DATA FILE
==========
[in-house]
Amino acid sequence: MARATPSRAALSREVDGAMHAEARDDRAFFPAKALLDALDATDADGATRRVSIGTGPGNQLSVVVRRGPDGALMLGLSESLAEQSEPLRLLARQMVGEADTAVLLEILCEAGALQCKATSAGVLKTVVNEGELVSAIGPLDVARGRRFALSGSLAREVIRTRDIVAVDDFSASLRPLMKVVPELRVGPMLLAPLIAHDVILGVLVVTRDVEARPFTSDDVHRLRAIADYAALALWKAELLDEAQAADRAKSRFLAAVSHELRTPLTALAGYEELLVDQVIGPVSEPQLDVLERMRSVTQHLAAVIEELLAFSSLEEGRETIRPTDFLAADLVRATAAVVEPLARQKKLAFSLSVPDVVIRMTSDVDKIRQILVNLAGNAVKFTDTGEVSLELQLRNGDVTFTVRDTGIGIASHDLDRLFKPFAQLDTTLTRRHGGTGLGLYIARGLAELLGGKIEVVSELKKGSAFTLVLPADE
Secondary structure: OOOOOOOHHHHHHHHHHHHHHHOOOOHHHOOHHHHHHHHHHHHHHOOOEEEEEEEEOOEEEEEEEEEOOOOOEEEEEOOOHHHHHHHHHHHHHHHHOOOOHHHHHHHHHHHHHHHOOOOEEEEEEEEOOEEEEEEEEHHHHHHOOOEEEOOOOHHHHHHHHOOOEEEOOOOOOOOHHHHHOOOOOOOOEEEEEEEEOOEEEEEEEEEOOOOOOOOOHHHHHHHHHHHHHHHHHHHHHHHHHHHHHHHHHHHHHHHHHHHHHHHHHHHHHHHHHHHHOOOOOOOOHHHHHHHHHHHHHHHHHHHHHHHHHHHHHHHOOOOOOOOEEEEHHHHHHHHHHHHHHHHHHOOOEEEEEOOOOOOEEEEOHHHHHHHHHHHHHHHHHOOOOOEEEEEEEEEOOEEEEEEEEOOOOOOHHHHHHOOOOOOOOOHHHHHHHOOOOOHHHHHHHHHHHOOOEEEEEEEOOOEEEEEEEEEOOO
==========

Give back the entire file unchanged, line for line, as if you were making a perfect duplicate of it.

[in-house]
Amino acid sequence: MARATPSRAALSREVDGAMHAEARDDRAFFPAKALLDALDATDADGATRRVSIGTGPGNQLSVVVRRGPDGALMLGLSESLAEQSEPLRLLARQMVGEADTAVLLEILCEAGALQCKATSAGVLKTVVNEGELVSAIGPLDVARGRRFALSGSLAREVIRTRDIVAVDDFSASLRPLMKVVPELRVGPMLLAPLIAHDVILGVLVVTRDVEARPFTSDDVHRLRAIADYAALALWKAELLDEAQAADRAKSRFLAAVSHELRTPLTALAGYEELLVDQVIGPVSEPQLDVLERMRSVTQHLAAVIEELLAFSSLEEGRETIRPTDFLAADLVRATAAVVEPLARQKKLAFSLSVPDVVIRMTSDVDKIRQILVNLAGNAVKFTDTGEVSLELQLRNGDVTFTVRDTGIGIASHDLDRLFKPFAQLDTTLTRRHGGTGLGLYIARGLAELLGGKIEVVSELKKGSAFTLVLPADE
Secondary structure: OOOOOOOHHHHHHHHHHHHHHHOOOOHHHOOHHHHHHHHHHHHHHOOOEEEEEEEEOOEEEEEEEEEOOOOOEEEEEOOOHHHHHHHHHHHHHHHHOOOOHHHHHHHHHHHHHHHOOOOEEEEEEEEOOEEEEEEEEHHHHHHOOOEEEOOOOHHHHHHHHOOOEEEOOOOOOOOHHHHHOOOOOOOOEEEEEEEEOOEEEEEEEEEOOOOOOOOOHHHHHHHHHHHHHHHHHHHHHHHHHHHHHHHHHHHHHHHHHHHHHHHHHHHHHHHHHHHHOOOOOOOOHHHHHHHHHHHHHHHHHHHHHHHHHHHHHHHOOOOOOOOEEEEHHHHHHHHHHHHHHHHHHOOOEEEEEOOOOOOEEEEOHHHHHHHHHHHHHHHHHOOOOOEEEEEEEEEOOEEEEEEEEOOOOOOHHHHHHOOOOOOOOOHHHHHHHOOOOOHHHHHHHHHHHOOOEEEEEEEOOOEEEEEEEEEOOO